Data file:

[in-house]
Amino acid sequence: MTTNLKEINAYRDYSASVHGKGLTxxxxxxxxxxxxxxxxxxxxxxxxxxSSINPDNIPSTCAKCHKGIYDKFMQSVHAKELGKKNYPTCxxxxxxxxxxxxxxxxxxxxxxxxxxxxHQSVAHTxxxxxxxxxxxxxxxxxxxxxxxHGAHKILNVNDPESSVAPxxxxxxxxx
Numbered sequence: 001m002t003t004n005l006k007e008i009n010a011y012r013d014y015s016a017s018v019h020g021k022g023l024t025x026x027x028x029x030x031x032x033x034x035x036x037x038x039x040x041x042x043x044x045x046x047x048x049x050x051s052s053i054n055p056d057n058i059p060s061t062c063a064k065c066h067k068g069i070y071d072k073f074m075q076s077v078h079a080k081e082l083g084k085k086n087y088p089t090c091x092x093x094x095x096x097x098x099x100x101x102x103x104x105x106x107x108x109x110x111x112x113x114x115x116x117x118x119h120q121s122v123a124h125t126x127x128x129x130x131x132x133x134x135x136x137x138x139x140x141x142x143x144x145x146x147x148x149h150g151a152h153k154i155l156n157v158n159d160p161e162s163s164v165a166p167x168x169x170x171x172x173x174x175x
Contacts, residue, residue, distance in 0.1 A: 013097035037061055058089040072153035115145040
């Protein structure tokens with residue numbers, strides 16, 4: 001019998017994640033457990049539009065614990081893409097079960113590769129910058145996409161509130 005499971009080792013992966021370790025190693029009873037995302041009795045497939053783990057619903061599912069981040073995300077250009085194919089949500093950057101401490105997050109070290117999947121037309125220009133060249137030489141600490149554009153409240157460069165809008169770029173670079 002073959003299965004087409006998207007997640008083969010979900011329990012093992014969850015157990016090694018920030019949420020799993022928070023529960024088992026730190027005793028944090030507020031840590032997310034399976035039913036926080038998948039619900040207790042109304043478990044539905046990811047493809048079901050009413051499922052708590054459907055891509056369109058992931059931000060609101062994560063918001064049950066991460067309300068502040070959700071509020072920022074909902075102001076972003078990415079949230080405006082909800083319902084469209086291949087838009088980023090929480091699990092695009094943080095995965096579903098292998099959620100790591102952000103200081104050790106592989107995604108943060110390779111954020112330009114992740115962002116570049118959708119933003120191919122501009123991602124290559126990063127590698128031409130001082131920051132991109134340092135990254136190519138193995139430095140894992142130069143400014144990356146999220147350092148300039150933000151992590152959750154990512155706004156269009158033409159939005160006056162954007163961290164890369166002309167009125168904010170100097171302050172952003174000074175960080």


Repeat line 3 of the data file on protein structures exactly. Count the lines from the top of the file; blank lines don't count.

Numbered sequence: 001m002t003t004n005l006k007e008i009n010a011y012r013d014y015s016a017s018v019h020g021k022g023l024t025x026x027x028x029x030x031x032x033x034x035x036x037x038x039x040x041x042x043x044x045x046x047x048x049x050x051s052s053i054n055p056d057n058i059p060s061t062c063a064k065c066h067k068g069i070y071d072k073f074m075q076s077v078h079a080k081e082l083g084k085k086n087y088p089t090c091x092x093x094x095x096x097x098x099x100x101x102x103x104x105x106x107x108x109x110x111x112x113x114x115x116x117x118x119h120q121s122v123a124h125t126x127x128x129x130x131x132x133x134x135x136x137x138x139x140x141x142x143x144x145x146x147x148x149h150g151a152h153k154i155l156n157v158n159d160p161e162s163s164v165a166p167x168x169x170x171x172x173x174x175x